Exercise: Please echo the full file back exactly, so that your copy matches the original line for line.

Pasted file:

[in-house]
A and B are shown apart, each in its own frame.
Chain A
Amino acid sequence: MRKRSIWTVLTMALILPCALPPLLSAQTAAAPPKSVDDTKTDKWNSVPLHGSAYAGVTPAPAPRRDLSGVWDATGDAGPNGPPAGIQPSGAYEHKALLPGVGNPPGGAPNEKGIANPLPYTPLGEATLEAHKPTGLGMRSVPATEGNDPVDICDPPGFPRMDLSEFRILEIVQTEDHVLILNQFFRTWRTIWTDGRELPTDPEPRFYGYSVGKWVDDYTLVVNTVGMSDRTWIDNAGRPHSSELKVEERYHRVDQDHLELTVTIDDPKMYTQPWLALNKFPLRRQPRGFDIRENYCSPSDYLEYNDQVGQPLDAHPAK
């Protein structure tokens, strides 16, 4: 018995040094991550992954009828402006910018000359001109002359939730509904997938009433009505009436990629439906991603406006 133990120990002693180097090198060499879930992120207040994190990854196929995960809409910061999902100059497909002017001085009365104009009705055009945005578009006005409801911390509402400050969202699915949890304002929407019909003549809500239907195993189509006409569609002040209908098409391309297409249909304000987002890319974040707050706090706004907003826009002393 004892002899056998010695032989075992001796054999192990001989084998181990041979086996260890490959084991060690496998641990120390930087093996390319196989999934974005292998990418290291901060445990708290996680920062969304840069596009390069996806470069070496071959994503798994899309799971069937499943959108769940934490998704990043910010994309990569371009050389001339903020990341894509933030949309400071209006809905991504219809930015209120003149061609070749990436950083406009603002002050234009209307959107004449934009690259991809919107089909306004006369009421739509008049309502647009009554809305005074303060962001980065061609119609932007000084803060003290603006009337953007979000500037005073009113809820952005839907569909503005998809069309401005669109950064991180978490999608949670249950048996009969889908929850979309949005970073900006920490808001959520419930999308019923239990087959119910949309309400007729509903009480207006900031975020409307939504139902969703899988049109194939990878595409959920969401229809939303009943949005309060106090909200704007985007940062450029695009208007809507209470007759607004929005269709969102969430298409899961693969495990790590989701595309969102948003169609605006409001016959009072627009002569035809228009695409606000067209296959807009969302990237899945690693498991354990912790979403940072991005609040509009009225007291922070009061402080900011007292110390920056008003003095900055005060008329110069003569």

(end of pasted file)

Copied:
[in-house]
A and B are shown apart, each in its own frame.
Chain A
Amino acid sequence: MRKRSIWTVLTMALILPCALPPLLSAQTAAAPPKSVDDTKTDKWNSVPLHGSAYAGVTPAPAPRRDLSGVWDATGDAGPNGPPAGIQPSGAYEHKALLPGVGNPPGGAPNEKGIANPLPYTPLGEATLEAHKPTGLGMRSVPATEGNDPVDICDPPGFPRMDLSEFRILEIVQTEDHVLILNQFFRTWRTIWTDGRELPTDPEPRFYGYSVGKWVDDYTLVVNTVGMSDRTWIDNAGRPHSSELKVEERYHRVDQDHLELTVTIDDPKMYTQPWLALNKFPLRRQPRGFDIRENYCSPSDYLEYNDQVGQPLDAHPAK
């Protein structure tokens, strides 16, 4: 018995040094991550992954009828402006910018000359001109002359939730509904997938009433009505009436990629439906991603406006 133990120990002693180097090198060499879930992120207040994190990854196929995960809409910061999902100059497909002017001085009365104009009705055009945005578009006005409801911390509402400050969202699915949890304002929407019909003549809500239907195993189509006409569609002040209908098409391309297409249909304000987002890319974040707050706090706004907003826009002393 004892002899056998010695032989075992001796054999192990001989084998181990041979086996260890490959084991060690496998641990120390930087093996390319196989999934974005292998990418290291901060445990708290996680920062969304840069596009390069996806470069070496071959994503798994899309799971069937499943959108769940934490998704990043910010994309990569371009050389001339903020990341894509933030949309400071209006809905991504219809930015209120003149061609070749990436950083406009603002002050234009209307959107004449934009690259991809919107089909306004006369009421739509008049309502647009009554809305005074303060962001980065061609119609932007000084803060003290603006009337953007979000500037005073009113809820952005839907569909503005998809069309401005669109950064991180978490999608949670249950048996009969889908929850979309949005970073900006920490808001959520419930999308019923239990087959119910949309309400007729509903009480207006900031975020409307939504139902969703899988049109194939990878595409959920969401229809939303009943949005309060106090909200704007985007940062450029695009208007809507209470007759607004929005269709969102969430298409899961693969495990790590989701595309969102948003169609605006409001016959009072627009002569035809228009695409606000067209296959807009969302990237899945690693498991354990912790979403940072991005609040509009009225007291922070009061402080900011007292110390920056008003003095900055005060008329110069003569």